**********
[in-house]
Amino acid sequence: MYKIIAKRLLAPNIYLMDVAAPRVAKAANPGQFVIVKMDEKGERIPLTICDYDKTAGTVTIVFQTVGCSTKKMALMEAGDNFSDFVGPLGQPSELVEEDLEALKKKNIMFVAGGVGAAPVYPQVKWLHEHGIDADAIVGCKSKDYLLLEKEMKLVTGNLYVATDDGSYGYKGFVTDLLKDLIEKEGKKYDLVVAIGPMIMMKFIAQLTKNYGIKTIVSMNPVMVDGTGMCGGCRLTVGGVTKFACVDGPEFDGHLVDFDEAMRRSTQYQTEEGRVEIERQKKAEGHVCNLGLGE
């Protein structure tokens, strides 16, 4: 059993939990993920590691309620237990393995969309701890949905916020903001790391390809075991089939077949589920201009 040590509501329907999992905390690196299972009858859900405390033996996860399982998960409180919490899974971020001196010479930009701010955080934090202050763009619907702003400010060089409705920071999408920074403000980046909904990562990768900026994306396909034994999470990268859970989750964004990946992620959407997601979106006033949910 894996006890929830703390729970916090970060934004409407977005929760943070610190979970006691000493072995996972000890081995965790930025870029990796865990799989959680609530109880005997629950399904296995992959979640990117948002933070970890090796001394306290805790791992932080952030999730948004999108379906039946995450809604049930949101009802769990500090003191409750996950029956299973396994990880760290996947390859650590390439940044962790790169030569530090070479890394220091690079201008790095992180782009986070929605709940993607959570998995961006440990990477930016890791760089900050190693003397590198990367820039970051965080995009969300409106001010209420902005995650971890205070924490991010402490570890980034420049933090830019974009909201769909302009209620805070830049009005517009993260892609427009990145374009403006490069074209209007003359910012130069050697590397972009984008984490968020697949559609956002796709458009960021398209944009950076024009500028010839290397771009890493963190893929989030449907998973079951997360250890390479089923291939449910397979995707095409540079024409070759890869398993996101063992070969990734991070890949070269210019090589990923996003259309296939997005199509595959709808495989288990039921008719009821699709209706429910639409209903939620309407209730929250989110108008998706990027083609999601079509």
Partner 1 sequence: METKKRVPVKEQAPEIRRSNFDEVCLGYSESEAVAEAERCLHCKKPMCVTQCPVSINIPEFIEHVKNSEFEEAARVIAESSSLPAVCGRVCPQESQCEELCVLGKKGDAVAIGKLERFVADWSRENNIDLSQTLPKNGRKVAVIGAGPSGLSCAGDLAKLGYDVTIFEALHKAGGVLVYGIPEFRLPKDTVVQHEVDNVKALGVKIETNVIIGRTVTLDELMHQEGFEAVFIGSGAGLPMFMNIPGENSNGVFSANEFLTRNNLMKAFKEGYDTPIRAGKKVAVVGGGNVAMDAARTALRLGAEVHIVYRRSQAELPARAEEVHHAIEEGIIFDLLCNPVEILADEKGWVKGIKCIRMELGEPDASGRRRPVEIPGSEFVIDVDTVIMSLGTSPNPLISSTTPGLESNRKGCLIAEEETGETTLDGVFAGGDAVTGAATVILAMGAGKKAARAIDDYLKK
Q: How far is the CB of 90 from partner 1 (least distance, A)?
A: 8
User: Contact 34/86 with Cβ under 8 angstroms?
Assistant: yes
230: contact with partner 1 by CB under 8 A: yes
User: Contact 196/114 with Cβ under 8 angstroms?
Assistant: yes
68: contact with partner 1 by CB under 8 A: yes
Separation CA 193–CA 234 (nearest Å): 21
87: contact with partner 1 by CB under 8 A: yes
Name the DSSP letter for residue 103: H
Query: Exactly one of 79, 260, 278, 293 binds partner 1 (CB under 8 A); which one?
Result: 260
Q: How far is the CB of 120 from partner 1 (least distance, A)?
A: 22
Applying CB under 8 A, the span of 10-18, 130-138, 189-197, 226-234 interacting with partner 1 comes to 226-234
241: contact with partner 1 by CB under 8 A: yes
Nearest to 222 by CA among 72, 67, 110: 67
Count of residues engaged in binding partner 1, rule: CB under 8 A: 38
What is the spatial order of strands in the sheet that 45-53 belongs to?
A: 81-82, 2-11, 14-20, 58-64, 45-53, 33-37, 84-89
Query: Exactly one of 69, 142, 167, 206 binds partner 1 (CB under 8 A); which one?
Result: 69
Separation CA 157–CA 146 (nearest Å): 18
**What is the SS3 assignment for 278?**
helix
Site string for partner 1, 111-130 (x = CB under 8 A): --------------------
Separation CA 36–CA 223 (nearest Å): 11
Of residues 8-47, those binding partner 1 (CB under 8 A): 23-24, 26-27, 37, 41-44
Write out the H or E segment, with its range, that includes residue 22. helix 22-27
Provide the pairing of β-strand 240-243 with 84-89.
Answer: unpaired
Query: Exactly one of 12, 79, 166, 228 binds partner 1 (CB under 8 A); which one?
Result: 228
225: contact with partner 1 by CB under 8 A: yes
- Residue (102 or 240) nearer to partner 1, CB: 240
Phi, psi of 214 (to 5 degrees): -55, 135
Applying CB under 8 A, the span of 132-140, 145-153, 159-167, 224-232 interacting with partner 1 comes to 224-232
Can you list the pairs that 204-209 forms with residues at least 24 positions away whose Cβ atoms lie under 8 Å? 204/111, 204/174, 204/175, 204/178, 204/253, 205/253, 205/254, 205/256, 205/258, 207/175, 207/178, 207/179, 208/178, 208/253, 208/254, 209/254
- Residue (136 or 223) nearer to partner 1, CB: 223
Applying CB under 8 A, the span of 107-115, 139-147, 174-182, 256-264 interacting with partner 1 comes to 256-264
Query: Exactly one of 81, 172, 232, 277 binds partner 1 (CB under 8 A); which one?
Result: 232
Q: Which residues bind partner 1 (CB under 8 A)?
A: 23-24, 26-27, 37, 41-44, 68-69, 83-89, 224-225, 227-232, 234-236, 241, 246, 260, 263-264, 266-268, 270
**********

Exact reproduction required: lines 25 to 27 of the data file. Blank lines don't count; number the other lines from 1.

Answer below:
A: 81-82, 2-11, 14-20, 58-64, 45-53, 33-37, 84-89
Query: Exactly one of 69, 142, 167, 206 binds partner 1 (CB under 8 A); which one?
Result: 69